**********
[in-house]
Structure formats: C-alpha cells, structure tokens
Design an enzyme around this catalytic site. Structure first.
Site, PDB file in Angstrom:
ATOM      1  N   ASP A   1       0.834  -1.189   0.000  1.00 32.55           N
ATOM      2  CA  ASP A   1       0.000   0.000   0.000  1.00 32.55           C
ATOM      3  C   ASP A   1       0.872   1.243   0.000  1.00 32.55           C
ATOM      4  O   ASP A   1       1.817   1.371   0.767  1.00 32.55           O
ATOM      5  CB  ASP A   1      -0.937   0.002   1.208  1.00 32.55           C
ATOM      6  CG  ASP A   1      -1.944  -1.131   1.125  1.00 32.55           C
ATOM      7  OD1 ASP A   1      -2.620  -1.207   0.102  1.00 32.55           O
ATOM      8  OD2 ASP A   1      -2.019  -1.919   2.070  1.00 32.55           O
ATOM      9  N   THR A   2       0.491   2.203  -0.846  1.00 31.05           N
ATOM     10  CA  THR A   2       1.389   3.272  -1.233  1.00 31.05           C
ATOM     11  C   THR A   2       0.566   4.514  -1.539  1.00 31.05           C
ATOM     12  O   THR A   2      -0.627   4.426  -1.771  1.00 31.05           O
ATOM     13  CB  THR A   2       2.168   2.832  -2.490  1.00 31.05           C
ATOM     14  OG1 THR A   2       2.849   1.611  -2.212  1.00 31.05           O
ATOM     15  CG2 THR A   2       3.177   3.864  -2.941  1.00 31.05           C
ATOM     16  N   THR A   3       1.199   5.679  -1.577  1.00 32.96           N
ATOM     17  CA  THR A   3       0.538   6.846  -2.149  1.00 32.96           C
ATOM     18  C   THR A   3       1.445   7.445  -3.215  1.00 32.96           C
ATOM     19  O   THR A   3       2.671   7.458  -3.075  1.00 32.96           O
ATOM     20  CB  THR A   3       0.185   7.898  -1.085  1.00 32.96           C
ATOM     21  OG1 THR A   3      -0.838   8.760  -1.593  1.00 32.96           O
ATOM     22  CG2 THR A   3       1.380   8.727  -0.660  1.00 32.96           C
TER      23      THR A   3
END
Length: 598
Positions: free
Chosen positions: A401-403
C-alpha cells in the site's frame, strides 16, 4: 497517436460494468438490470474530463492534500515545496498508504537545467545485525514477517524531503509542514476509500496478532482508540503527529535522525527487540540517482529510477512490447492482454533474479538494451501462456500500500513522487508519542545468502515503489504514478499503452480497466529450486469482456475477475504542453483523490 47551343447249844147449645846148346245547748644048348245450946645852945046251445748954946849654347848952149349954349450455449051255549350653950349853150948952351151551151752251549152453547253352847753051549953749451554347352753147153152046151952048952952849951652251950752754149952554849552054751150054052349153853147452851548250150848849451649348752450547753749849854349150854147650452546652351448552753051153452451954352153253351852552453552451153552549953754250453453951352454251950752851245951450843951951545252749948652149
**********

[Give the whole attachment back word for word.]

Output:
[in-house]
Structure formats: C-alpha cells, structure tokens
Design an enzyme around this catalytic site. Structure first.
Site, PDB file in Angstrom:
ATOM      1  N   ASP A   1       0.834  -1.189   0.000  1.00 32.55           N
ATOM      2  CA  ASP A   1       0.000   0.000   0.000  1.00 32.55           C
ATOM      3  C   ASP A   1       0.872   1.243   0.000  1.00 32.55           C
ATOM      4  O   ASP A   1       1.817   1.371   0.767  1.00 32.55           O
ATOM      5  CB  ASP A   1      -0.937   0.002   1.208  1.00 32.55           C
ATOM      6  CG  ASP A   1      -1.944  -1.131   1.125  1.00 32.55           C
ATOM      7  OD1 ASP A   1      -2.620  -1.207   0.102  1.00 32.55           O
ATOM      8  OD2 ASP A   1      -2.019  -1.919   2.070  1.00 32.55           O
ATOM      9  N   THR A   2       0.491   2.203  -0.846  1.00 31.05           N
ATOM     10  CA  THR A   2       1.389   3.272  -1.233  1.00 31.05           C
ATOM     11  C   THR A   2       0.566   4.514  -1.539  1.00 31.05           C
ATOM     12  O   THR A   2      -0.627   4.426  -1.771  1.00 31.05           O
ATOM     13  CB  THR A   2       2.168   2.832  -2.490  1.00 31.05           C
ATOM     14  OG1 THR A   2       2.849   1.611  -2.212  1.00 31.05           O
ATOM     15  CG2 THR A   2       3.177   3.864  -2.941  1.00 31.05           C
ATOM     16  N   THR A   3       1.199   5.679  -1.577  1.00 32.96           N
ATOM     17  CA  THR A   3       0.538   6.846  -2.149  1.00 32.96           C
ATOM     18  C   THR A   3       1.445   7.445  -3.215  1.00 32.96           C
ATOM     19  O   THR A   3       2.671   7.458  -3.075  1.00 32.96           O
ATOM     20  CB  THR A   3       0.185   7.898  -1.085  1.00 32.96           C
ATOM     21  OG1 THR A   3      -0.838   8.760  -1.593  1.00 32.96           O
ATOM     22  CG2 THR A   3       1.380   8.727  -0.660  1.00 32.96           C
TER      23      THR A   3
END
Length: 598
Positions: free
Chosen positions: A401-403
C-alpha cells in the site's frame, strides 16, 4: 497517436460494468438490470474530463492534500515545496498508504537545467545485525514477517524531503509542514476509500496478532482508540503527529535522525527487540540517482529510477512490447492482454533474479538494451501462456500500500513522487508519542545468502515503489504514478499503452480497466529450486469482456475477475504542453483523490 47551343447249844147449645846148346245547748644048348245450946645852945046251445748954946849654347848952149349954349450455449051255549350653950349853150948952351151551151752251549152453547253352847753051549953749451554347352753147153152046151952048952952849951652251950752754149952554849552054751150054052349153853147452851548250150848849451649348752450547753749849854349150854147650452546652351448552753051153452451954352153253351852552453552451153552549953754250453453951352454251950752851245951450843951951545252749948652149